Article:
Children who need heart surgery will soon have to travel to Newcastle or Liverpool after health bosses decided to stop offering the service at Leeds General Infirmary.
An official review said services should be at fewer, larger sites to improve standards and stop expertise being spread too thinly. The review came against the backdrop of a 2001 report into the deaths of children who’d had heart surgery at Bristol Royal Infirmary between 1991 and 1995.
The decision was taken this week, despite a two year campaign by the Leeds Teaching Hospitals NHS Trust and charity The Children’s Heart Surgery Fund.
Hundreds of thousands of people backed the Save Our Surgery campaign for LGI including Rachel Ling from Edge Road, Thornhill. Her daughter, Georgia, six, was born with rare heart and stomach defects and has been treated at Leeds.
Mrs Ling said campaigners were expecting the ‘awful’ decision, but would not accept it. She added: “We feel it was decided right from the beginning, we’re disappointed. We will continue to fight though, we’re not going to take this.
“It’s very frustrating. I feel that we’ve not been heard. This will affect the children of the future.”
Campaigners were due to meet yesterday afternoon to discuss appeal grounds and Pudsey MP Stuart Andrew had requested to ask an emergency question in the House of Commons.
Dewsbury and Mirfield MP Simon Reevell said there were question marks over the consultation process and campaigners would be looking into whether or not they warranted an appeal.
Mr Reevell said it was important to remember the reason for the review, but was disappointed with the outcome.
He added: “The argument against Leeds was very marginal. They say a unit has to deal with 400 cases a year to be sustainable, but Leeds is only just below that and there’s certainly no question about the standard of care. You then have to look beyond that at the geographical argument.”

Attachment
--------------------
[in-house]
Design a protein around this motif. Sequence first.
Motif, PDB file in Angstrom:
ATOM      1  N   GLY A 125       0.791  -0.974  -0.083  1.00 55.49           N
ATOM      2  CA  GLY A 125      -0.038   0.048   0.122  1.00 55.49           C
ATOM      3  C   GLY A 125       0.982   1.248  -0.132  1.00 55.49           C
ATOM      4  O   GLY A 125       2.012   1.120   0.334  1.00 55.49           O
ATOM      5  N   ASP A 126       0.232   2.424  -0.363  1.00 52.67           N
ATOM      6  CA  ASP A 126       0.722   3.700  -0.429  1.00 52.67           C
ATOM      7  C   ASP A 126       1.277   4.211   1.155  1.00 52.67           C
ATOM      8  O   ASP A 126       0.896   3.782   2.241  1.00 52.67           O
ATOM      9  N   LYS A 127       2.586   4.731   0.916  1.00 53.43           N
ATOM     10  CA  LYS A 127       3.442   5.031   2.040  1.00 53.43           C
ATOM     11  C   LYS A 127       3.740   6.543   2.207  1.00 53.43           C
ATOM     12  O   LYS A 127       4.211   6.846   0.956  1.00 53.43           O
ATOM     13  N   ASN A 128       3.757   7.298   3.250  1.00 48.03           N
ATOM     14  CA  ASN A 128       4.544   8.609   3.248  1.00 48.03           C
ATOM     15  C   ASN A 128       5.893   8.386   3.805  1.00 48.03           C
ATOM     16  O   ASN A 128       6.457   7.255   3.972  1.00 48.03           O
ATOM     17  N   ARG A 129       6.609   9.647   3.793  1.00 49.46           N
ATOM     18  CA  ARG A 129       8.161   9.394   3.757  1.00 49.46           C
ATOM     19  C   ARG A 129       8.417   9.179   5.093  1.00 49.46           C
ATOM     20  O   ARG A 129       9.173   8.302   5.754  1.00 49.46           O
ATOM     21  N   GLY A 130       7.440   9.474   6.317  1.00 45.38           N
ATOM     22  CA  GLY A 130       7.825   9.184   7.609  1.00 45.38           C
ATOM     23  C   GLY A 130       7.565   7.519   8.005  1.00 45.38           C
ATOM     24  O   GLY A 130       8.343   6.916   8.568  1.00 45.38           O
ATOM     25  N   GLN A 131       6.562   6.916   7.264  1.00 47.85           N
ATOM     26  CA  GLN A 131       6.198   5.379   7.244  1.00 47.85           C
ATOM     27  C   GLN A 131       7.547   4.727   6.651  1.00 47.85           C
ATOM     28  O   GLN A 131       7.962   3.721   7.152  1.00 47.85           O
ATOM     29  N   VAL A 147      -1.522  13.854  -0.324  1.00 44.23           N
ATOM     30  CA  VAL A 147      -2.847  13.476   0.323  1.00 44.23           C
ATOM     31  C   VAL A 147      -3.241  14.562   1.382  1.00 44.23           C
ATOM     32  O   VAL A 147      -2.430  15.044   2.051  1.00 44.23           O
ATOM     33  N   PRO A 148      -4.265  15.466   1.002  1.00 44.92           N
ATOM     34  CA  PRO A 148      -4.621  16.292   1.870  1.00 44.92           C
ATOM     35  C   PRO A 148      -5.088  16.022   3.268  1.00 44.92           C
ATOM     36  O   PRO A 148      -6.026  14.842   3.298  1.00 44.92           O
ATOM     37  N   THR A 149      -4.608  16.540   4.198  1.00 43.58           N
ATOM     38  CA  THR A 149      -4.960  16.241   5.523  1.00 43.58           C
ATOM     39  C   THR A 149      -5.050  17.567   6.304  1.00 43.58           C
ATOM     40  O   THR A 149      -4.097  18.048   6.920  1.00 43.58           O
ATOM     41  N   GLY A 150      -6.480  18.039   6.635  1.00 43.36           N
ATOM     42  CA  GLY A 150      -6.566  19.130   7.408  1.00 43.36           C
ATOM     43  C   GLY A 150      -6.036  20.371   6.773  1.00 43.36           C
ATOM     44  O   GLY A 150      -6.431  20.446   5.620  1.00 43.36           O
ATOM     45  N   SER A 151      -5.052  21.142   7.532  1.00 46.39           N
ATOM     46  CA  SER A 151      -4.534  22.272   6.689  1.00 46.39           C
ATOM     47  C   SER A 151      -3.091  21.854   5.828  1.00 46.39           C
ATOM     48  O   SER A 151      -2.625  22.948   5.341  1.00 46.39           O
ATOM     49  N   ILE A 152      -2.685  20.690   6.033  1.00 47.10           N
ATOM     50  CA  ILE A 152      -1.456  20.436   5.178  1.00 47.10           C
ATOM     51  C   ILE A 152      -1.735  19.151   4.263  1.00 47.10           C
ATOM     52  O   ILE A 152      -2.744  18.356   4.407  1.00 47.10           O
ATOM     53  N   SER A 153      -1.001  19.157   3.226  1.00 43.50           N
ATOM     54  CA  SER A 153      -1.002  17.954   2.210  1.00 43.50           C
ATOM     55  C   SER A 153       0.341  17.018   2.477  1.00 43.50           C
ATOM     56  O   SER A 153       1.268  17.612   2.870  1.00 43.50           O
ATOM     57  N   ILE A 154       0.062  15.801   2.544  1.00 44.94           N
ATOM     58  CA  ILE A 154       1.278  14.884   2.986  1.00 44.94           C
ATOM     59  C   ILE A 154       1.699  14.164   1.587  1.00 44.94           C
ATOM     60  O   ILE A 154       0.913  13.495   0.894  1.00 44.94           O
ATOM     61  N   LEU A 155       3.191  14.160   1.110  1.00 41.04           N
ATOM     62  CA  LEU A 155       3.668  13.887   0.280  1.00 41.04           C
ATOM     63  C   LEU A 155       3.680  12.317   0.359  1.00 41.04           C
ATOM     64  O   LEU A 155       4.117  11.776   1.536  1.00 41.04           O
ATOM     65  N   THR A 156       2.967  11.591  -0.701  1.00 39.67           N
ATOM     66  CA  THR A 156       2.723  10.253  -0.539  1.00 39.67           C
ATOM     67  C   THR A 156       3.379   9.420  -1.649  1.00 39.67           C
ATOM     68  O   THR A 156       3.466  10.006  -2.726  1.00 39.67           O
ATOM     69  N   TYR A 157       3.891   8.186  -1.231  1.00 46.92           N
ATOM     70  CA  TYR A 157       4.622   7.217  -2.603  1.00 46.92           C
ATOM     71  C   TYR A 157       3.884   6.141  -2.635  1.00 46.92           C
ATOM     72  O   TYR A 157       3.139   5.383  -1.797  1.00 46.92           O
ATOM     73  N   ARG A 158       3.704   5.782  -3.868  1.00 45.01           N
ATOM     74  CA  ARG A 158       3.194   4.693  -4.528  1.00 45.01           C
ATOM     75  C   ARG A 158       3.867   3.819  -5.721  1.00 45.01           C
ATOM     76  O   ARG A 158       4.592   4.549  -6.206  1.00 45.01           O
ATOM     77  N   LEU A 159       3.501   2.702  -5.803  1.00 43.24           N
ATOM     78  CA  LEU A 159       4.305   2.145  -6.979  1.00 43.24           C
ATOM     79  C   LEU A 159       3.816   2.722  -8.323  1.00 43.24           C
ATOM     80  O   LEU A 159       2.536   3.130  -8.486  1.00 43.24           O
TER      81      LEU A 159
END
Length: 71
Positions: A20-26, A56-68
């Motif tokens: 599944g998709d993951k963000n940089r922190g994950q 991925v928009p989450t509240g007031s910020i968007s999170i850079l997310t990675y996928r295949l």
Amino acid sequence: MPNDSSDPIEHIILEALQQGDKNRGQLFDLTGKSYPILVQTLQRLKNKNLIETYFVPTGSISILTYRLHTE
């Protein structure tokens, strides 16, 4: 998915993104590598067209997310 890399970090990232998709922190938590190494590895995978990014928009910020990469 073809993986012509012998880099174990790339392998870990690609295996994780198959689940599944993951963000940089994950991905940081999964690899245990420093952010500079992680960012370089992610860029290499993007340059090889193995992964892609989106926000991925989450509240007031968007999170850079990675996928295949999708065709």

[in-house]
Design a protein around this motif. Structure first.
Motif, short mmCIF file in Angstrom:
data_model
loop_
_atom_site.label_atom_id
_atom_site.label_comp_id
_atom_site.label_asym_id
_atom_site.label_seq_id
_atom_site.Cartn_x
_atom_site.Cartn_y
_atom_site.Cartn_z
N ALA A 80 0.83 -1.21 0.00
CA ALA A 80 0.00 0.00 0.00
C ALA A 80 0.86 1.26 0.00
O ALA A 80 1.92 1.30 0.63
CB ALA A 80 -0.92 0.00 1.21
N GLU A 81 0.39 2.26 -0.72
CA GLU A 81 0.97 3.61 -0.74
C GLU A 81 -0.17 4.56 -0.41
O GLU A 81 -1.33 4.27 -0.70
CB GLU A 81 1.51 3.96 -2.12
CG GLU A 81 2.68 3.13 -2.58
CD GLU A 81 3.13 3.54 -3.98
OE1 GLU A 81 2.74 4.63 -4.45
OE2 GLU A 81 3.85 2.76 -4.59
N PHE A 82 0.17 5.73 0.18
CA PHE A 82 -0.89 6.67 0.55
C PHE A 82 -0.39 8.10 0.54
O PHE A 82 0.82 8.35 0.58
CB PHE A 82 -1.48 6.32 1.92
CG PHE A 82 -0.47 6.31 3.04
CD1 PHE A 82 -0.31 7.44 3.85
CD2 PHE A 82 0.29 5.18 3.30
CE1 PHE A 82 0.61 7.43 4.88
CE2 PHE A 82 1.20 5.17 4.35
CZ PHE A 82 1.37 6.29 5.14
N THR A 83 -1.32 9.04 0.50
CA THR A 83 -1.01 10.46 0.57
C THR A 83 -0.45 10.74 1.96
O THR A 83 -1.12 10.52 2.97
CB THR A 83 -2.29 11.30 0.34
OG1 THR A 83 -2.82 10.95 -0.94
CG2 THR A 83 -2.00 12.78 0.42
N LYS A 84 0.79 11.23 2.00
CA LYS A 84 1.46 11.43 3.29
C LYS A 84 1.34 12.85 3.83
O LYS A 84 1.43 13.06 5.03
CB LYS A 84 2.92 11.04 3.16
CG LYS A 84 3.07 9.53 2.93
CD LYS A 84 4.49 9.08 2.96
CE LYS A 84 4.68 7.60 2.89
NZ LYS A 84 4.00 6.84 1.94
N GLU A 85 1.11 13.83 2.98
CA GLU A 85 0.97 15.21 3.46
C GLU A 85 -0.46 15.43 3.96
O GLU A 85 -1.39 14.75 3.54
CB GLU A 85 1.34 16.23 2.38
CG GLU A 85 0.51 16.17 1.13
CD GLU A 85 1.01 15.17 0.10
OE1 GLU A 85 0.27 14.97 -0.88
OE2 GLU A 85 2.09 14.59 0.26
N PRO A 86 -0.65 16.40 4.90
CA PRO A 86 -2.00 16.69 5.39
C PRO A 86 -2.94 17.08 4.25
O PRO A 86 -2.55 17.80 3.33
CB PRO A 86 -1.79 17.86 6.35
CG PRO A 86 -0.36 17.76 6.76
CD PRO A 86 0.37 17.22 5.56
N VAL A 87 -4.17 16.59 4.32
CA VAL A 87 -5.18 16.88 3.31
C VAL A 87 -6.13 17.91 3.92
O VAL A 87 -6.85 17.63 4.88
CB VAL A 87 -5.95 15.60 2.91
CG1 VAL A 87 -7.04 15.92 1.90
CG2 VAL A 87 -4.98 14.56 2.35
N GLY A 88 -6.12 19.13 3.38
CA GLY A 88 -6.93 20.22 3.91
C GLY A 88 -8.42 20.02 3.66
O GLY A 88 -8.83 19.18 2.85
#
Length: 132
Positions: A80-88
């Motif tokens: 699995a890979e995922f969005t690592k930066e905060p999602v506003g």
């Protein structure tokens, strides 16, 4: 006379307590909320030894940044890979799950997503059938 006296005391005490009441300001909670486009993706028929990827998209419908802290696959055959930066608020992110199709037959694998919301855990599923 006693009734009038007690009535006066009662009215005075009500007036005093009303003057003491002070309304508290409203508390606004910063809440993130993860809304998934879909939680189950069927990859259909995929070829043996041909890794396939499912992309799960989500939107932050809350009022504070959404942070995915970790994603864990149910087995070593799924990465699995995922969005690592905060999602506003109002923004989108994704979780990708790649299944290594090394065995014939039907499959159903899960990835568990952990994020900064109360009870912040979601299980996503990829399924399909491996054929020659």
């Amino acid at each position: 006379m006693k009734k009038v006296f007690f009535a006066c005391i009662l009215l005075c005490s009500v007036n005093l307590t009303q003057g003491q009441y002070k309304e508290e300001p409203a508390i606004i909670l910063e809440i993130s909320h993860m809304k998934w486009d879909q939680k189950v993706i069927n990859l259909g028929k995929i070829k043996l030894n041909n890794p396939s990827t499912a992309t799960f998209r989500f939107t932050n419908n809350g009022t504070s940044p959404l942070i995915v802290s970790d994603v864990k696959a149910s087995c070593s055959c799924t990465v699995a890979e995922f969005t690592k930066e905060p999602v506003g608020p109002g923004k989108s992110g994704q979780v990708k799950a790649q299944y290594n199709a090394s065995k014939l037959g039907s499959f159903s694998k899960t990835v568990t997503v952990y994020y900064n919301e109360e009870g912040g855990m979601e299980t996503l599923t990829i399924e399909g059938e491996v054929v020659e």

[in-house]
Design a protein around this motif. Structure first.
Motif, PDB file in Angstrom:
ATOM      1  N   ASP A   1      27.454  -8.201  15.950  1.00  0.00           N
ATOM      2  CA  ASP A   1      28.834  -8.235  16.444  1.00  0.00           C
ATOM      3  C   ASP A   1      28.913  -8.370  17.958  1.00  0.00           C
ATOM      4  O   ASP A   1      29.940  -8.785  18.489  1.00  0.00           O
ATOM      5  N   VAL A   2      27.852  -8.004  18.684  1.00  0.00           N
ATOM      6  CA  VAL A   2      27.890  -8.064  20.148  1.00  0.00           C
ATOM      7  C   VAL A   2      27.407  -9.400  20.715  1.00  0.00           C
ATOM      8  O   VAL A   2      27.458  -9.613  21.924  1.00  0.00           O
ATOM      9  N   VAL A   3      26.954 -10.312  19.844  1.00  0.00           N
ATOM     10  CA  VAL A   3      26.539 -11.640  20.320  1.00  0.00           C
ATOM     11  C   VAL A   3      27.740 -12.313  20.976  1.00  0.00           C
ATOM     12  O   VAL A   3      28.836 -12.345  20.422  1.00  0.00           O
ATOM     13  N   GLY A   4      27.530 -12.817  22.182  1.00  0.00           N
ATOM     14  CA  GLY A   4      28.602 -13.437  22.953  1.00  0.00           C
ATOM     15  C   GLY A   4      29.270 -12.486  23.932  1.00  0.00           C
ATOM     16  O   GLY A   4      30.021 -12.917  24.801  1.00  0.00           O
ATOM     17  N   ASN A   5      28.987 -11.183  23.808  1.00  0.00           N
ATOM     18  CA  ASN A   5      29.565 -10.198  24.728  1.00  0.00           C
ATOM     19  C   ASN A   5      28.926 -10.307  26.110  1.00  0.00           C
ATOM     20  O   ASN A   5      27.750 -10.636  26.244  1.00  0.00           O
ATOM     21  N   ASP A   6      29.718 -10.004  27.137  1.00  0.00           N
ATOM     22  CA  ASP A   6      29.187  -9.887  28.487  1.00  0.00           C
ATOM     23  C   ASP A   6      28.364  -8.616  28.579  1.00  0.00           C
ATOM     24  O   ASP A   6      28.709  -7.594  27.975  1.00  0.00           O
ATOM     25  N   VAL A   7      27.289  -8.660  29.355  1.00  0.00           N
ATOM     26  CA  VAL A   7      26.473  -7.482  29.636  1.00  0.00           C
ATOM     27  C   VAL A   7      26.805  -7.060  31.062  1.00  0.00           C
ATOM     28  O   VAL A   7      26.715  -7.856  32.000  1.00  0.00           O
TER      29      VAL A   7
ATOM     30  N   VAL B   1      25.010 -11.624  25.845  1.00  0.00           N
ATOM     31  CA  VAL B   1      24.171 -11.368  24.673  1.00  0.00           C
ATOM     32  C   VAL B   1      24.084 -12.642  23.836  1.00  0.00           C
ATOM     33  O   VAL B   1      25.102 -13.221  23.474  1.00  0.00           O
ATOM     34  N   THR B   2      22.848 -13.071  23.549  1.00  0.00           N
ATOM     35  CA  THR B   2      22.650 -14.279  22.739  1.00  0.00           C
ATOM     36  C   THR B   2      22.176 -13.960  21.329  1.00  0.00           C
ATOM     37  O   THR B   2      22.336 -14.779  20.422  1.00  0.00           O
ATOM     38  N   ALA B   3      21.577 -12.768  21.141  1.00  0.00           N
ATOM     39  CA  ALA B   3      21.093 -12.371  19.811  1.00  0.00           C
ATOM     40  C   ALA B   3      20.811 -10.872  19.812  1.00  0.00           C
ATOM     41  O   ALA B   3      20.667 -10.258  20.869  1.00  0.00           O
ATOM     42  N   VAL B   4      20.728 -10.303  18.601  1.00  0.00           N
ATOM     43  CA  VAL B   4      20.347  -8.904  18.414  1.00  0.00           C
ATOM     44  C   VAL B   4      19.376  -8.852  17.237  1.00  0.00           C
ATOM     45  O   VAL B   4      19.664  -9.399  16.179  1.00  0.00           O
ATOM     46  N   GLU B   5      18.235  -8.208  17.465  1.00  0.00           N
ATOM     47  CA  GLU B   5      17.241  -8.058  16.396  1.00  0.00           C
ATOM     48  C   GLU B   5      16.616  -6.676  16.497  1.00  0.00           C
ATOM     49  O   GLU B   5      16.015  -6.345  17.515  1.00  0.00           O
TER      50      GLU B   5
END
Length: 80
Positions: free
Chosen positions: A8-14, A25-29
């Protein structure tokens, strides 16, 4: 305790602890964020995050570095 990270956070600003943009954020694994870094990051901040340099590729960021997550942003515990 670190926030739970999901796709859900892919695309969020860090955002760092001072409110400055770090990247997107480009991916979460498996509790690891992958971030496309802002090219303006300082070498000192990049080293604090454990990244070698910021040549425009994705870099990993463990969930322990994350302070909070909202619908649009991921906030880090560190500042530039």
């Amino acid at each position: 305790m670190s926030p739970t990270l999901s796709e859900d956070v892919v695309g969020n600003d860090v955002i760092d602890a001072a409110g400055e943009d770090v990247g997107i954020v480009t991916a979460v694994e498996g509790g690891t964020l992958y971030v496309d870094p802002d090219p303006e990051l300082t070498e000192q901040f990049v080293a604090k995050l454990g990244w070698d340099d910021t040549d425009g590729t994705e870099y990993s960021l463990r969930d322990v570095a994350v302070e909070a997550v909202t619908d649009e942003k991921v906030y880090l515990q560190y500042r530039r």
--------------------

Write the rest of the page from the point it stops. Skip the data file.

The decision was made at a meeting in London on Wednesday when the review – by the Joint Committee of Primary Care Trusts – decided that children’s heart surgery would continue at seven centres from 2014. Units at Leicester’s Glenfield Hospital and London’s Royal Brompton will also stop offering surgery, but all three will remain open to focus on care before and after surgery.
Chairman of the committee Sir Neil McKay CB said: “The needs of children, not the vested interests of hospitals, have been at the heart of this review. We only took the decision today after undergoing a robust, fair and transparent process which has already withstood the scrutiny of the highest courts in the land.”
The committee said it had considered 12 viable options.
But chairman of Leeds Teaching Hospitals NHS Trust Mike Collier said: “This decision seems almost perverse in light of the information which became available during the course of the consultation process.
“We are surprised that the very clear wishes of over 600,000 people from this region appear to have been disregarded.”
The hospitals which will offer heart surgery are: Evelina Hospital and Great Ormond Street in London; Southampton General Hospital, Birmingham Children’s Hospital, Bristol Royal Hospital for Children, the Freeman Hospital in Newcastle and Alder Hey Children’s Hospital in Liverpool.
Mrs Ling is urging people to write to Mr Reevell and Health Minister Andrew Lansley about the decision. Mr Reevell said he would welcome the support.